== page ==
Geotechnics of wind energy – onshore and offshore

David Annan and Dr. Ryan D Beemer

About the speakers

David Annan Principal Geotechnical Engineer, WSP Golder

“Onshore Wind Farms – Geotechnical investigation in Australia”


The energy market in Australia is in a state of flux and significant investment is on the horizon in both production and transmission. Over the last 10 years there has been technical advances which have resulted in onshore wind farms becoming more viable. These technological advances include an increase in the size of the turbines and improvements in the associated infrastructure required to construct and operate a wind farm. From a geotechnical perspective there are several considerations extending from the design of the wind turbine generator foundations to access road and hardstand construction and construction materials sourcing. Each site presents its own specific challenges and as geotechnical engineers, one of our primary roles is to assess these challenges and come up with appropriate geotechnical solutions. This presentation aims to provide an overview of the current state of practice regarding site geotechnical investigation requirements for a typical wind farm and some learnings from previous projects including foundation design, earthworks and access track/hardstand pavement design and construction.


David Annan is a Principal Geotechnical Engineer at WSP Golder, with extensive experience in the performance and management of geotechnical site investigations, construction phase assessments and earthworks. He has worked almost exclusively in the design and construction of power infrastructure projects, including over 30 windfarm projects as well as several substation and transmission line projects.

Dr. Ryan D Beemer Assistant Professor, Department of Civil and Environmental Engineering, University of Massachusetts Dartmouth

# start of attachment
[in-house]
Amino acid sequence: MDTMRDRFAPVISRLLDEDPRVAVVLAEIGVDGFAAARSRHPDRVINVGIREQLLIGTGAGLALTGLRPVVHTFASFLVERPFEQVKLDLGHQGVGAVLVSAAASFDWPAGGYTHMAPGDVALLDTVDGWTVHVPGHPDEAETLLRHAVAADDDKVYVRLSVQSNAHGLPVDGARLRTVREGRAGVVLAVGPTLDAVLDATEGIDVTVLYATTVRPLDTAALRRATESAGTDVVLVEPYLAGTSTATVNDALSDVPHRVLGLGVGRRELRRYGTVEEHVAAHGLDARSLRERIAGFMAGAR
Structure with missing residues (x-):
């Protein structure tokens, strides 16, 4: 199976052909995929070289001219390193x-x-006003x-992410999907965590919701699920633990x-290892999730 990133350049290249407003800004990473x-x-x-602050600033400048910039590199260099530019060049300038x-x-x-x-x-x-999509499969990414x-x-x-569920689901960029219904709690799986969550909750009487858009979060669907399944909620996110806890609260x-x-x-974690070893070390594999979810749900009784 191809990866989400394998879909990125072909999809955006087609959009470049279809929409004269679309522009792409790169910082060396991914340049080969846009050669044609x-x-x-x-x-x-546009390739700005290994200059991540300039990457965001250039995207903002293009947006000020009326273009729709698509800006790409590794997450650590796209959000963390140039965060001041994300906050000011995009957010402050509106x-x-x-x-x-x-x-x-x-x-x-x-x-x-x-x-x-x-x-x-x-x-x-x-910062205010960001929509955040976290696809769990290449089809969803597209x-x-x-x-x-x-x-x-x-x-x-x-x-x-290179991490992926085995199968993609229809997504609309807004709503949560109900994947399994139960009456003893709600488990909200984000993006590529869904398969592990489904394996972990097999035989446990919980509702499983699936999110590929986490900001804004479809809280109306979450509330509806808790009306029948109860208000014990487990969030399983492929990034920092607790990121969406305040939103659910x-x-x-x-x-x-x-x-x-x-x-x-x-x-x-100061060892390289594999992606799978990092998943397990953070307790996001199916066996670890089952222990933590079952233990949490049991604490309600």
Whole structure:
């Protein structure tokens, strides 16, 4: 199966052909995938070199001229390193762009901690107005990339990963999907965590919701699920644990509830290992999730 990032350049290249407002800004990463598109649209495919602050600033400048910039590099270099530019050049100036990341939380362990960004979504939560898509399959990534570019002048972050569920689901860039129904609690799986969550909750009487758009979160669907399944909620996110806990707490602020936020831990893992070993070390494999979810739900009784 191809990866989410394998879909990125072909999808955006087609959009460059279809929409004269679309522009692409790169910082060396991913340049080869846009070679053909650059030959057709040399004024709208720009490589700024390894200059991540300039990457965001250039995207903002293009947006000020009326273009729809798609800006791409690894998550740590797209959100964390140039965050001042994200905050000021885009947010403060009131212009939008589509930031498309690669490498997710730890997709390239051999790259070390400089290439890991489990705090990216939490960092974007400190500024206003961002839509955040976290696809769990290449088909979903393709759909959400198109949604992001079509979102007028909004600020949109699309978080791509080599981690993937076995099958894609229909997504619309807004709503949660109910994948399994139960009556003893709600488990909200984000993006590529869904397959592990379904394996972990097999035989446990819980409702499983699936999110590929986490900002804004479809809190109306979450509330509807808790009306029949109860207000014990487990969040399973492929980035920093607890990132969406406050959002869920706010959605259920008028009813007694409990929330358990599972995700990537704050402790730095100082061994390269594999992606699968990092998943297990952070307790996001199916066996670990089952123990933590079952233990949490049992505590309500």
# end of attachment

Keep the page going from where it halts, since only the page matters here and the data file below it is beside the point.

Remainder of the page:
“Offshore wind on the United States East Coast and Problematic Calcareous Sediments”


The large variation in latitude along the East Coast of the United State results in a similar variation in soil types and properties that the offshore wind industry will need to design for. Problematic glauconitic soils are known to exist in Northeast and calcareous soils can be found offshore in the South. Both of these soils have low grain strengths and are known to be problematic as a result of particle crushing. Calcareous sediments are biogenic in nature, they largely consist of the skeletal remains of calcium carbonate bearing marine micro- and macro-organisms (foraminifera, coccolithophore, coral, mollusks, etc.) and their bioclasts. They have traditionally been problematic for offshore oil and natural gas development offshore of Australia. However, with the recent lease of the Carolina Long Bay by Bureau of Ocean Energy Management it appears that the first offshore wind development to be installed in calcareous sediment could be in the United States. This presentation will provide an overview of offshore wind development on the East Coast of the United States, present research into the mechanics and classification of calcareous sediments, and discuss the potential implications of calcareous sediments on offshore wind developments.


Dr. Ryan D Beemer is an Assistant Professor in geotechnical engineering at the UMassD. Prior, he worked at the Centre for Offshore Foundation Systems in the Oceans Graduate School at the University of Western Australia. His research interests include the mechanics of problematic calcareous and glauconitic sediments, offshore foundations and anchoring systems, and deployable geosystems.

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